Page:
And you know a good, good country, right? You want a whole diversity, right? Do you want some? Some people make sure the laws are followed, write good laws, and things like that. 

So you do want some rule followers, I think. But you also want some rules—breakers and for the people that want to be rule-breakers. You have to train like a positive reaction to discomfort, right? If you’re never outside your comfort zone, you’re never outside your comfort zone, and you have to. You have to associate benefits with yours: taking on a physical challenge, getting outside your comfort zone to a new country, or even, you know, just. If there’s something you want to say but you’re. You are holding it back well. If you can train yourself to say it, that’s very uncomfortable. 

But it’s, but it’s often, you know, like actually speaking your truth. Right? Speak truth to power all these things. But you have to associate that with like. This is my identity. This is what I want to be doing. It’s a positive thing, even though it’s uncomfortable.

John

Yeah, man. Talk to me a little bit about your coaching program because what we’re talking about now is so important to me that people grab hold of it. What you’re saying? Please talk about your coaching and how you’re bringing our conversation right now to your clients.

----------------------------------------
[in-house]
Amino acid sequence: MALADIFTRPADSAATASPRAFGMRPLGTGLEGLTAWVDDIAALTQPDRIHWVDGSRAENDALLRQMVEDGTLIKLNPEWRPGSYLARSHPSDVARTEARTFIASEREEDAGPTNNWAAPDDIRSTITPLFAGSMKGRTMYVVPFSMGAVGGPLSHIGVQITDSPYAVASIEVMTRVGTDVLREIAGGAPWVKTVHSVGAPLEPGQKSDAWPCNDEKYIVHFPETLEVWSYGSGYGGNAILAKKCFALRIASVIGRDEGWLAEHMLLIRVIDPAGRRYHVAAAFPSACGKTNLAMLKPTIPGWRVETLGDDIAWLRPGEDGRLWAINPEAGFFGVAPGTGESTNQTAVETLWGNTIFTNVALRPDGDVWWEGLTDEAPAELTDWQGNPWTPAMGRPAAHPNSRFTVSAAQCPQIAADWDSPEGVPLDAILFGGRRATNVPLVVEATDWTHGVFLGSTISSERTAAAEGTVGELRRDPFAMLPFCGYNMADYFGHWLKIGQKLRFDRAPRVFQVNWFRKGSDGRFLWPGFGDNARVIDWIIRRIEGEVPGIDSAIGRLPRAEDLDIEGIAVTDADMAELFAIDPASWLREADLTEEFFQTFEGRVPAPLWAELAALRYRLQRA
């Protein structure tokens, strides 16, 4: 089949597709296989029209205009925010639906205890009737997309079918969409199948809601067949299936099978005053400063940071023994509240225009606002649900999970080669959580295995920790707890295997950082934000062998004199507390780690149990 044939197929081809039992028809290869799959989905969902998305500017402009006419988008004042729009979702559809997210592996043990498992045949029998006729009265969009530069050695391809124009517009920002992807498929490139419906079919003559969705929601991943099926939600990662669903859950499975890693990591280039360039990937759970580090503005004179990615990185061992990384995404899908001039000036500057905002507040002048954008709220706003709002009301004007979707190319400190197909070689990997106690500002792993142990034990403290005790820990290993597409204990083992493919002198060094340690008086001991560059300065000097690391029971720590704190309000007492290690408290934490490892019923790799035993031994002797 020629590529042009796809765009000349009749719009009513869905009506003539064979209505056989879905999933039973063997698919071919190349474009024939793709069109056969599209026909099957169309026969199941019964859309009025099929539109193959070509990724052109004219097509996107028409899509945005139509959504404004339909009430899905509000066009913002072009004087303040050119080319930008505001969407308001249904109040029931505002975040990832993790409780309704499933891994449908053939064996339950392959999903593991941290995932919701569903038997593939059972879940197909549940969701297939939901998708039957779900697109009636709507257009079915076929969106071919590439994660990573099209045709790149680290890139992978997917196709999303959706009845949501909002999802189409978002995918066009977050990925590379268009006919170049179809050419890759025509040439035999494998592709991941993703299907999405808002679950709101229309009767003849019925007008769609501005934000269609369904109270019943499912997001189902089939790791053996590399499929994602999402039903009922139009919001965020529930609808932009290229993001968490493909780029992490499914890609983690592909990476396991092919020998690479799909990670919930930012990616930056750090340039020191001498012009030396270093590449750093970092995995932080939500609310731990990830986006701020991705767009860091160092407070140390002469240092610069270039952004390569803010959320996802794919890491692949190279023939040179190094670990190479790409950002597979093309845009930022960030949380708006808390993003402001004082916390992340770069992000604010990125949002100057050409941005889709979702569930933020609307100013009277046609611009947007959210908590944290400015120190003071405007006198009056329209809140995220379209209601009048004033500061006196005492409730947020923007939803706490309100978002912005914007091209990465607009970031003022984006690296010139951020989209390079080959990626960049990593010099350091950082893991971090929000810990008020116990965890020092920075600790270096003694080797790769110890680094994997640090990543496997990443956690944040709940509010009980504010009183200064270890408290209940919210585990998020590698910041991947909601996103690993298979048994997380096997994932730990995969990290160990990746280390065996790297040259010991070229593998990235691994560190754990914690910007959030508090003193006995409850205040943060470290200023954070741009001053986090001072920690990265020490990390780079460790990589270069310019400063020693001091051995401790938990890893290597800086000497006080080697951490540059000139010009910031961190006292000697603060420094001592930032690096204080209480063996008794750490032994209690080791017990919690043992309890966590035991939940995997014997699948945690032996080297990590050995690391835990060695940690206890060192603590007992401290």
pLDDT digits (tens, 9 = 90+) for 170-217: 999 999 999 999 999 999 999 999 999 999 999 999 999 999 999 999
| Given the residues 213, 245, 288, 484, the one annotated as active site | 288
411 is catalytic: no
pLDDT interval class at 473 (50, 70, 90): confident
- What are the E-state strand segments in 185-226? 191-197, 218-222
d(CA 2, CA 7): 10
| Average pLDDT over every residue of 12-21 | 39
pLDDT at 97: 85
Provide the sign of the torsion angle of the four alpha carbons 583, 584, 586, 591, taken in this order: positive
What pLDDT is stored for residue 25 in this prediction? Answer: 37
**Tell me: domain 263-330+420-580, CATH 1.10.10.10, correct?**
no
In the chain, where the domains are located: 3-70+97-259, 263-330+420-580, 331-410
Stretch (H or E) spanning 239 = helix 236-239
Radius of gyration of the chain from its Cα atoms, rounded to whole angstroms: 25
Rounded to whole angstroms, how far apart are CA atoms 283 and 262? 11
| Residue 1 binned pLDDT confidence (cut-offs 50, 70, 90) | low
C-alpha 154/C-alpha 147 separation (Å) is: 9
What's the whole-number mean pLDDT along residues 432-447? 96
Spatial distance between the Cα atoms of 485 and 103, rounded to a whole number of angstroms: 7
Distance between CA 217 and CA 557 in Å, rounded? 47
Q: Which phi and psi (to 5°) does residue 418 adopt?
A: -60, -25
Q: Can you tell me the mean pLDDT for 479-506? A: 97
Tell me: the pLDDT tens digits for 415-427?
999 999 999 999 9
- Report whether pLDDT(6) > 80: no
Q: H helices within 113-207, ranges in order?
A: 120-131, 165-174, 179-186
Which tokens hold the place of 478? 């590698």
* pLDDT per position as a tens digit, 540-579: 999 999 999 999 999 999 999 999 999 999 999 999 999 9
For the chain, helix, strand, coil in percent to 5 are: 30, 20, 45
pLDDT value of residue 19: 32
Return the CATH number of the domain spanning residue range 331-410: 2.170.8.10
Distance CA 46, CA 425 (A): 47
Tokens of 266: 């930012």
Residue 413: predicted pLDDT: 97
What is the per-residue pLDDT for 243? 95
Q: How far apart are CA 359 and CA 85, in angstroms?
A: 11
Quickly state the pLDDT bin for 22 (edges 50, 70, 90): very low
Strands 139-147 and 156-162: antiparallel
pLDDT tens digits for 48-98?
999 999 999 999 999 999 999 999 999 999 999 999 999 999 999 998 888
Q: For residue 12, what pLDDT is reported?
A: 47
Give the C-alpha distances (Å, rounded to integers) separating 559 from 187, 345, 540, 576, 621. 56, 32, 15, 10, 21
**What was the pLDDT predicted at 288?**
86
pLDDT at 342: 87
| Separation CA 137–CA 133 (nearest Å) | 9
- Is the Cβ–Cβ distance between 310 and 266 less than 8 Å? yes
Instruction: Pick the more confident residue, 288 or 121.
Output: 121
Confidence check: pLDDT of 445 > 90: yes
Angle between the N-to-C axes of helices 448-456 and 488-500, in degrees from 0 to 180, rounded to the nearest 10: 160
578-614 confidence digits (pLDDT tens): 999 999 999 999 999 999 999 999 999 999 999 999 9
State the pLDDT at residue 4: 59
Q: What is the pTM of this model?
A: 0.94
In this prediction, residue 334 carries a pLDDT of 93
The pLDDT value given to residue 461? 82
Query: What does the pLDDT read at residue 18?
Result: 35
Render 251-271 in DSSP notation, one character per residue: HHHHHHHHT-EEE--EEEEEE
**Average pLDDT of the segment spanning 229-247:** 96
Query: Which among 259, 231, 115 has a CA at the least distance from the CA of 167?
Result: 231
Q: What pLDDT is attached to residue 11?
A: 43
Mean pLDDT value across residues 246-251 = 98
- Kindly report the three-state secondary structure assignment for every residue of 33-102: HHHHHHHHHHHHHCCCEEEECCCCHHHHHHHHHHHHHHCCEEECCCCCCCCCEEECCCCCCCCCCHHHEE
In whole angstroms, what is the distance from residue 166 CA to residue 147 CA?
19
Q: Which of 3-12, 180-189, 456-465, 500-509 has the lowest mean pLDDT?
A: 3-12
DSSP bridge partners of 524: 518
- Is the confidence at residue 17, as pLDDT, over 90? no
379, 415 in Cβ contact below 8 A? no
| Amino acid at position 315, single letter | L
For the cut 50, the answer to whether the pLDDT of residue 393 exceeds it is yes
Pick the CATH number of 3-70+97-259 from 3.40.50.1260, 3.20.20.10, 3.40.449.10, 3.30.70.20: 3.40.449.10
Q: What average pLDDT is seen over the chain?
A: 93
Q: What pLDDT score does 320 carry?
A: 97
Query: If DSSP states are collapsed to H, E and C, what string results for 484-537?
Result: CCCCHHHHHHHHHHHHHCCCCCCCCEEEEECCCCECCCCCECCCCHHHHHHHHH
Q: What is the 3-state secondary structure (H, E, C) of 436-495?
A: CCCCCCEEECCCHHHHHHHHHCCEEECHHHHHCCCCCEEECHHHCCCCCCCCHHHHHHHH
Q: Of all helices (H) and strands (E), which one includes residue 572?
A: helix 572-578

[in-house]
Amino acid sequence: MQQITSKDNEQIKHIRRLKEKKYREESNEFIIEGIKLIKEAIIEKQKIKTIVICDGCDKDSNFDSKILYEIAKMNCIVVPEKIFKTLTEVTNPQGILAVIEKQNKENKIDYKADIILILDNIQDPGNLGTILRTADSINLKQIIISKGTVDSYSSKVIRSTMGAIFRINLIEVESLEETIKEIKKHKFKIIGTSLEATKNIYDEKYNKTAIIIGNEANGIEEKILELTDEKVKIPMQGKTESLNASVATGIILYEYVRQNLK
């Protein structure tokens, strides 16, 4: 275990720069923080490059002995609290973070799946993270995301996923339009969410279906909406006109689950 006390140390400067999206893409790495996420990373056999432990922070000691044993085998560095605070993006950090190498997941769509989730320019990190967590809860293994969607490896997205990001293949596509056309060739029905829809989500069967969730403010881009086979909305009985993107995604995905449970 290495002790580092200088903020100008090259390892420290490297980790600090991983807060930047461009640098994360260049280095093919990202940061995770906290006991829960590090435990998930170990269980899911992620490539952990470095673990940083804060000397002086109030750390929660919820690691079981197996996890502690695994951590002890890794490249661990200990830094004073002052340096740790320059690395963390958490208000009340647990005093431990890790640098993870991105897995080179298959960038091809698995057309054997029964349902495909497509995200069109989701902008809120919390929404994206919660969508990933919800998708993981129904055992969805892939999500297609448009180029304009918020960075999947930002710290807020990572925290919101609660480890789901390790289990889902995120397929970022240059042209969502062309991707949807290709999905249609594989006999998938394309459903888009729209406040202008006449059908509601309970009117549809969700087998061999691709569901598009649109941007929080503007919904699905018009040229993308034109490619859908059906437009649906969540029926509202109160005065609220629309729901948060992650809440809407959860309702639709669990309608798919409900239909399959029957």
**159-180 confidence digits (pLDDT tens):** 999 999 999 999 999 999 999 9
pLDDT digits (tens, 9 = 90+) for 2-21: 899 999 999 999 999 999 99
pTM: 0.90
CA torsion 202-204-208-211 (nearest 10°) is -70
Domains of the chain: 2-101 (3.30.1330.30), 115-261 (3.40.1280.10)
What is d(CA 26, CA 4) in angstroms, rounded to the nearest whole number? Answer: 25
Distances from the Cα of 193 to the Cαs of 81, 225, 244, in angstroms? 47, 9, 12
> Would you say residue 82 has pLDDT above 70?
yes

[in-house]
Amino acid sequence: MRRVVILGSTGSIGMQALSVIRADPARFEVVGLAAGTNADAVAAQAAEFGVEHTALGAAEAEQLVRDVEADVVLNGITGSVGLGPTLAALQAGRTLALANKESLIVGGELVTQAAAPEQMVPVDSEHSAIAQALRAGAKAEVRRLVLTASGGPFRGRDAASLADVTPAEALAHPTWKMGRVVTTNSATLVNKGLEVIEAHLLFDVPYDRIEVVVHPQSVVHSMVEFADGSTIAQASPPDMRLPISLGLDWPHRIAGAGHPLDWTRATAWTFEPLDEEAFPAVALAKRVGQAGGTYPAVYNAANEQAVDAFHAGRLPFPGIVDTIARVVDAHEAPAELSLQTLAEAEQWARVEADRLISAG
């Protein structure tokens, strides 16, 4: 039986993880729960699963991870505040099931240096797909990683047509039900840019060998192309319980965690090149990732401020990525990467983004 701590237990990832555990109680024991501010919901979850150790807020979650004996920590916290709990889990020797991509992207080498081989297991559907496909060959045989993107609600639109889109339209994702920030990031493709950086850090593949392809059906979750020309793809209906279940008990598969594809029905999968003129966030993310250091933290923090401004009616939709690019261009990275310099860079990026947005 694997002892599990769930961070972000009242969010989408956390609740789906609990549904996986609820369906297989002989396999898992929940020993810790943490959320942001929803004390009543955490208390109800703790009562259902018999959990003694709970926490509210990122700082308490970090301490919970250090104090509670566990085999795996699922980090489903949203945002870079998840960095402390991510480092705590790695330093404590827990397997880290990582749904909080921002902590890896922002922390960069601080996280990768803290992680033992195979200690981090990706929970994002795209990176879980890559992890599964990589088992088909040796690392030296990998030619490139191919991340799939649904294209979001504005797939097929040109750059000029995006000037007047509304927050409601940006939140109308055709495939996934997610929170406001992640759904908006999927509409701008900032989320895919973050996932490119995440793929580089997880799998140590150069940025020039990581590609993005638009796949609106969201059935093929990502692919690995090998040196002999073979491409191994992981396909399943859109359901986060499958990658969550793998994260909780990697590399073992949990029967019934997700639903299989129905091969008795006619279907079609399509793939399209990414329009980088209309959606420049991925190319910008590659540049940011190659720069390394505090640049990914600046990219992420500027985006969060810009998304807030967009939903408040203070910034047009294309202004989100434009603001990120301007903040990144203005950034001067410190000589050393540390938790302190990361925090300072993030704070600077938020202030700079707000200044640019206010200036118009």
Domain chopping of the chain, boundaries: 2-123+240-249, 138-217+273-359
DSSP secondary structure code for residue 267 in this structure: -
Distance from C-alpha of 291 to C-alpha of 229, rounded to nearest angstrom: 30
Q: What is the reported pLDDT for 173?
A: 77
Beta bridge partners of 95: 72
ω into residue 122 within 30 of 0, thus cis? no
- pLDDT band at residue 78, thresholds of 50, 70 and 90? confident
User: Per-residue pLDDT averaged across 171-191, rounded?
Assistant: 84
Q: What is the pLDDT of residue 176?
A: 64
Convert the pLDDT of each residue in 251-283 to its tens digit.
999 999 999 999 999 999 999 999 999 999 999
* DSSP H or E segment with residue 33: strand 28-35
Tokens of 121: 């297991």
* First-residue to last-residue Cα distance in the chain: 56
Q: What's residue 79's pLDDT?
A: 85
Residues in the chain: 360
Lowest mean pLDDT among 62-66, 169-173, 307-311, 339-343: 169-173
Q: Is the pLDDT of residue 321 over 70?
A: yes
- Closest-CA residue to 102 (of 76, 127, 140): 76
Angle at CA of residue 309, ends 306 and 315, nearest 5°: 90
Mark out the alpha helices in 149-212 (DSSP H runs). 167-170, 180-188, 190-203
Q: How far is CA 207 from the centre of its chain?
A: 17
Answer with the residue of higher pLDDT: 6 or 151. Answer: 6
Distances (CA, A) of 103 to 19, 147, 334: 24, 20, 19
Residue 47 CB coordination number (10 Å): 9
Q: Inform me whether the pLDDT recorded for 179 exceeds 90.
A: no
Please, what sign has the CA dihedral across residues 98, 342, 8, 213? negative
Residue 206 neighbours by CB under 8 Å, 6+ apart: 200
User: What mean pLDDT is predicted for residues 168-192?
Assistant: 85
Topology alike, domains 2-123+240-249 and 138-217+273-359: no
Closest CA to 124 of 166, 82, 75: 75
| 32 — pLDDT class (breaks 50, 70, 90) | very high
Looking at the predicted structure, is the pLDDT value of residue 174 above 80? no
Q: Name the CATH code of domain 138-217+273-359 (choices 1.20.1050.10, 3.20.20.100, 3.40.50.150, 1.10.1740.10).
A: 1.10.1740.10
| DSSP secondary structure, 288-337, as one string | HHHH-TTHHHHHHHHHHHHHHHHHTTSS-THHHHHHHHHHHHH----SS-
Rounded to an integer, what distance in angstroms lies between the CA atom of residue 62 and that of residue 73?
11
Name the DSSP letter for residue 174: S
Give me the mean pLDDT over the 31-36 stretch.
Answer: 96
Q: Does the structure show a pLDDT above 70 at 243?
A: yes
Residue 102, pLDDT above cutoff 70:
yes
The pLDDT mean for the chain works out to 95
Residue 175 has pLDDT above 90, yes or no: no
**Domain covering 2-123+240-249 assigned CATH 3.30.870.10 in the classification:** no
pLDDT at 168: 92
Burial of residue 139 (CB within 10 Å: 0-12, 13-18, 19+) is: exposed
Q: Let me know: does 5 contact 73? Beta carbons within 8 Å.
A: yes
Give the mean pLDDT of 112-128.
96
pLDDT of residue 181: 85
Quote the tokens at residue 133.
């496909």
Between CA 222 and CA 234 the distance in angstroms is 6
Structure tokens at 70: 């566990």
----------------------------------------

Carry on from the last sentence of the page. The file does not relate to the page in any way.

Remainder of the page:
Derek

I work with entrepreneurs in unique niches, seven- and eight-figure entrepreneurs, whether digital nomads, digital entrepreneurs, or people with, like one of my clients, who has a series of eco-lodges. And he’s pushing the limits on bringing sustainability to new indigenous communities. 

And so when I work with people, they hire me as their business coach. But we end up working on a lot of things like how they’re managing their self-identity, how they’re managing their energy, how they’re managing their relationships, right, how they’re connecting with their employees.